Talent retention is arguably the most critical metric for a successful organisation, as it facilitates consistently high productivity and decreases costs associated with hiring. The factors that influence a high performer to stay with an organisation can broadly be divided into two categories. The first is internal, meaning it is directly related to the organisation and is under the company’s control, such as culture, pay and development opportunities. The second category is external, or outside of the organisation’s control, such as the economy’s current state or the local job competition. Talent retention efforts should be aimed at internal factors, though the best retention strategies are developed with the external factors in mind as a contextual backdrop. For example, using competitive pay as a retention strategy will be more successful if an organisation incorporates local market rates rather than just measuring against its own internal pay history.
Who should lead talent retention and development initiatives?
The size of an organisation should be factored into your retention strategy and development initiatives, but in general, an employee’s direct manager is going to have the largest impact on their retention. A direct supervisor or close manager will have the most insight into the employee’s individual motivators and is also the person most likely to facilitate an honest conversation about retention before turnover thoughts become turnover intentions.
Senior leadership should also play a role and can be most impactful by clearly signalling their approval and buy-in for the retention initiatives. Research has shown that the success of team-level initiatives is heavily influenced by the behaviours and support of senior leaders. Talent retention programmes or teams may also be helpful in brainstorming and organising the initiatives, but action must be spearheaded at the manager level for maximum impact.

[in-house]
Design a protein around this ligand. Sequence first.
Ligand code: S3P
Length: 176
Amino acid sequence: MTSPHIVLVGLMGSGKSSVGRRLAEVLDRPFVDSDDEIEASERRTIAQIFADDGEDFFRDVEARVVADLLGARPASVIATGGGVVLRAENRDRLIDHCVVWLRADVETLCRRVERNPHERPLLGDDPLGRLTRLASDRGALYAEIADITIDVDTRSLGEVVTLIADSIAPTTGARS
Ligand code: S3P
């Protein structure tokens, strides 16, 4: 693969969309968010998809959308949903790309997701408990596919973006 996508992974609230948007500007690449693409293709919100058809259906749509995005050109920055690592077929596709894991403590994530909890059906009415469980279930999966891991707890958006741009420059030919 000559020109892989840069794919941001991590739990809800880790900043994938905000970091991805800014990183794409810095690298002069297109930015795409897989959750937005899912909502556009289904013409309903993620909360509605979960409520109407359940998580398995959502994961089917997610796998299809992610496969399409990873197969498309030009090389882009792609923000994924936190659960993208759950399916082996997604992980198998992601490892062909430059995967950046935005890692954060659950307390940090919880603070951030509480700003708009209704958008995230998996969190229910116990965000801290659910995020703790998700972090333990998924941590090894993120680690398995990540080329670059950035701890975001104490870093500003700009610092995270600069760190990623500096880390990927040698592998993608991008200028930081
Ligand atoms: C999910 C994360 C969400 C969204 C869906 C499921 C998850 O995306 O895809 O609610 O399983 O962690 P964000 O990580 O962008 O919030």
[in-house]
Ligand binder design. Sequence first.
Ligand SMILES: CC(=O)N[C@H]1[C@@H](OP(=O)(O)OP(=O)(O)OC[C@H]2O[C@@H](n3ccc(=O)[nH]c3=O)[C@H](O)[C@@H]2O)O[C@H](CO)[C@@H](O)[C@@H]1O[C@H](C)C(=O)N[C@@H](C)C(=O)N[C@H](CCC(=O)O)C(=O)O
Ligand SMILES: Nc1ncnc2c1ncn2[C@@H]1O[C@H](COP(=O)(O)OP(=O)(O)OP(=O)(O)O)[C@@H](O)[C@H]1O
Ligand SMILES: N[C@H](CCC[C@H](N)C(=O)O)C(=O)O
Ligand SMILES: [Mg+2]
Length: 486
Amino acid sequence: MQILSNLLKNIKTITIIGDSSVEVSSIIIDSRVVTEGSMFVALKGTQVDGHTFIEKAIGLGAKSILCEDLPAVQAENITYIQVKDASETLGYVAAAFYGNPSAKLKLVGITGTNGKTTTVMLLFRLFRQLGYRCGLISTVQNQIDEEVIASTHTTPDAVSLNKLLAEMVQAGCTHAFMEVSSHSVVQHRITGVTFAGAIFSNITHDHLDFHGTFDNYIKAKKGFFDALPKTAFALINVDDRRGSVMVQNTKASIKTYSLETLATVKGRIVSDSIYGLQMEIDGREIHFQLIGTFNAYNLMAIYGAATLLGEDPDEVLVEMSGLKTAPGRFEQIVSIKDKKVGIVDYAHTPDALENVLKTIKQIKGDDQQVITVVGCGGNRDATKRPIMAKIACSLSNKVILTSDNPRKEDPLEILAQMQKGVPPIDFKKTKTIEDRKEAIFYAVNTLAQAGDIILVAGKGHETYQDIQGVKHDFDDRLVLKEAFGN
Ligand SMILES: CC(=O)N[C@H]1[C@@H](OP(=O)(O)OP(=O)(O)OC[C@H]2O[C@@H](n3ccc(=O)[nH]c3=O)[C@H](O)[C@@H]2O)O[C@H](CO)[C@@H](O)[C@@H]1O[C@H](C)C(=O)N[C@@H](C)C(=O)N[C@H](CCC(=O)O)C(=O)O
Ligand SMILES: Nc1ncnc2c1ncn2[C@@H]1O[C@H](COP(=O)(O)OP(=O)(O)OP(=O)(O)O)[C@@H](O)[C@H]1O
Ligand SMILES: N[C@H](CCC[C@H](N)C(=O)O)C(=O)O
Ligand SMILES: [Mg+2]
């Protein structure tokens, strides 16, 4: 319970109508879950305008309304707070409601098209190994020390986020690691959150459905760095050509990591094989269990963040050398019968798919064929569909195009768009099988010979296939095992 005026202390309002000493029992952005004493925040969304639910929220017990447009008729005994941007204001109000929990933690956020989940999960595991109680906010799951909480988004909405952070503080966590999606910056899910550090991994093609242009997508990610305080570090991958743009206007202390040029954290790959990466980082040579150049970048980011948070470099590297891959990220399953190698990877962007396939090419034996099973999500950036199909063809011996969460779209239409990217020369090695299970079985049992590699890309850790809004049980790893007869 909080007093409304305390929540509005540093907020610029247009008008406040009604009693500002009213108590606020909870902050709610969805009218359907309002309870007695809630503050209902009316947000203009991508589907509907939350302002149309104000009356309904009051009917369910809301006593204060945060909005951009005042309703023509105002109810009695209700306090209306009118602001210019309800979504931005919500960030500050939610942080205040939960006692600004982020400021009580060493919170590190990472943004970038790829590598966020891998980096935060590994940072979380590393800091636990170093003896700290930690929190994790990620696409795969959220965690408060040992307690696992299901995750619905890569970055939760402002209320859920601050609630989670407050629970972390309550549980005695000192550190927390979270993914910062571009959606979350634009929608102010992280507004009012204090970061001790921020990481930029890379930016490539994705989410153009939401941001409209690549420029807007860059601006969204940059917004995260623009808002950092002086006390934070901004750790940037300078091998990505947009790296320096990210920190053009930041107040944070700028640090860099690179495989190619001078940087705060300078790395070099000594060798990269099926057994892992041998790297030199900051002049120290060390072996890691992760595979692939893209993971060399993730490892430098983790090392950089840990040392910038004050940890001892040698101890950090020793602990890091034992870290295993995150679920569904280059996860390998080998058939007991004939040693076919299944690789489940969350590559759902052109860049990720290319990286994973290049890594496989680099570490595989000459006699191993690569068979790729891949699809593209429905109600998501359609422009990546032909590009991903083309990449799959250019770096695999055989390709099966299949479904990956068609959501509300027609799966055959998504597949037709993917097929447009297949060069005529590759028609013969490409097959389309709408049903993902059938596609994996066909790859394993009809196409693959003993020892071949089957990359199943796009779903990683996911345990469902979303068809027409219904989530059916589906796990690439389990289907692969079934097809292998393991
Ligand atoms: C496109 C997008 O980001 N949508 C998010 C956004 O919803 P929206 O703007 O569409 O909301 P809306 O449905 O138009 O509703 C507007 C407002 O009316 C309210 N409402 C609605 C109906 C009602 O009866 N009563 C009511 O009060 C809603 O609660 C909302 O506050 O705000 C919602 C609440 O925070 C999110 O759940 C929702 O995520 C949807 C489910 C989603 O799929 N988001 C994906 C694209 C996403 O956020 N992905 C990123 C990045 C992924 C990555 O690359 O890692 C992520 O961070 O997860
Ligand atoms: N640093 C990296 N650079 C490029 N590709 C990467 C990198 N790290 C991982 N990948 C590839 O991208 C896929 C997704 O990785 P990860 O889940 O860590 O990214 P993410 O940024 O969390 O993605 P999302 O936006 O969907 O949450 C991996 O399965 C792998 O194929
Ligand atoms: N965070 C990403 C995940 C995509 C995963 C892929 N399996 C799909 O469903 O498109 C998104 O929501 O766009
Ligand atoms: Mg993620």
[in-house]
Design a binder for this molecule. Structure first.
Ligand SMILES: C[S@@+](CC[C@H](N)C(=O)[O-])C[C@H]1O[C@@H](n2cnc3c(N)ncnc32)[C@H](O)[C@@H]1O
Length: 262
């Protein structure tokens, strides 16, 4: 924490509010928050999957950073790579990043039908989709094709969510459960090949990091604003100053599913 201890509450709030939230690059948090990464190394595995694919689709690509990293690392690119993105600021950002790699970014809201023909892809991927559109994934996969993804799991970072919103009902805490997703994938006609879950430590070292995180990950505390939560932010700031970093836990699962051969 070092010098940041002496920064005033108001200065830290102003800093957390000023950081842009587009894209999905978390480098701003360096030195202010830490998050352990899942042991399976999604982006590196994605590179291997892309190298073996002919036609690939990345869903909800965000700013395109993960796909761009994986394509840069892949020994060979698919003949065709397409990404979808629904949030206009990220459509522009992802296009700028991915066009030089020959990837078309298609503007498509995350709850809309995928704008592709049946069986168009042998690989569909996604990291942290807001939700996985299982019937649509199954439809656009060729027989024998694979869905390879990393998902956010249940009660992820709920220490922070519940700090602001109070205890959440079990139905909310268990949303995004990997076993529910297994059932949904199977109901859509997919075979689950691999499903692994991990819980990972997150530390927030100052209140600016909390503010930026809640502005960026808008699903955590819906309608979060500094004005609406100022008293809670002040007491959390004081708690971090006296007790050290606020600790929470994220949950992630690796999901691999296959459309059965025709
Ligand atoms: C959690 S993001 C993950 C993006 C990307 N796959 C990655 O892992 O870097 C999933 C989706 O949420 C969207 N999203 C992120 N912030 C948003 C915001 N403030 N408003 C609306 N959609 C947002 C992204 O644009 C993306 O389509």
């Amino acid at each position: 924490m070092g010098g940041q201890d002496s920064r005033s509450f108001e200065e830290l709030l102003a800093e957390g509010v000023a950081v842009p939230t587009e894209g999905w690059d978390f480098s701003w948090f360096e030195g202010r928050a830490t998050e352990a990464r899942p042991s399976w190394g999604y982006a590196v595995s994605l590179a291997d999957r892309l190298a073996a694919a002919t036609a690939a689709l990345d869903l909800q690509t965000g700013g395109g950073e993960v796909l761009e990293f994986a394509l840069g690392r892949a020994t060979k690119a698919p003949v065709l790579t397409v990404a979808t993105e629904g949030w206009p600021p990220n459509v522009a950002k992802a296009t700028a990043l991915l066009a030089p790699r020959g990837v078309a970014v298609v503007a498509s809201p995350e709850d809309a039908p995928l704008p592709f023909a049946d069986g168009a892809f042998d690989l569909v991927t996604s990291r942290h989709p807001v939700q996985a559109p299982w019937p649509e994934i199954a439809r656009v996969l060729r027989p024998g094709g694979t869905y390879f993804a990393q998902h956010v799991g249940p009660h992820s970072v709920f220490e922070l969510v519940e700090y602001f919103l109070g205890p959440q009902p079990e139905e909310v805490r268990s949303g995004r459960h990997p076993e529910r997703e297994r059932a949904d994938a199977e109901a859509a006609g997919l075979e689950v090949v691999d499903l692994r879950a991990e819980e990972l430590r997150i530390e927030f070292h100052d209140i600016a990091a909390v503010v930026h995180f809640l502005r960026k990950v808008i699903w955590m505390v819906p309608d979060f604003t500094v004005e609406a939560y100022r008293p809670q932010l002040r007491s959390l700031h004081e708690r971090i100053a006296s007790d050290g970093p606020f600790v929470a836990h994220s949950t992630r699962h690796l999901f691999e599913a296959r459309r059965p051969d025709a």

What are the best talent retention strategies?
The most successful talent retention strategies are informed by best practices and then highly tailored for each specific organisation. Best practices can inform the process and rollout of retention efforts and can serve as a starting point for the most common issues to address in retention and turnover. Organisation-specific context should then be collected via surveys, focus groups or other employee-focused feedback sessions. Your strategy can then pinpoint the most compelling issues that are facing current employees and solve them using the previously identified best practices.
How can talent retention strategies fail?
The first possible reason is that the true root of the turnover issue was not actually addressed. Even the most well-researched talent retention plans may fail if the context, culture and environment of the specific organisation are not heavily factored into the broader strategy. For example, if compensation is the root of why employees are leaving, it is unlikely that a talent retention strategy targeted at an unrelated issue will influence turnover.
The second possible cause is that the true root of the issue is layered or outside of the organisation’s control. For example, if five equally important strategies were identified for retention, a plan that only focuses on one issue is likely to have a small impact on the overall issue. Similarly, if external factors such as the organisation’s physical location are shown to have the strongest impact on retention, it is unlikely that the organisation can effectively strategise against this without a fundamental change to their core operations. Being realistic about retention goals and demonstrating a candid understanding of the true root cause are smart ways to set your strategy up for success.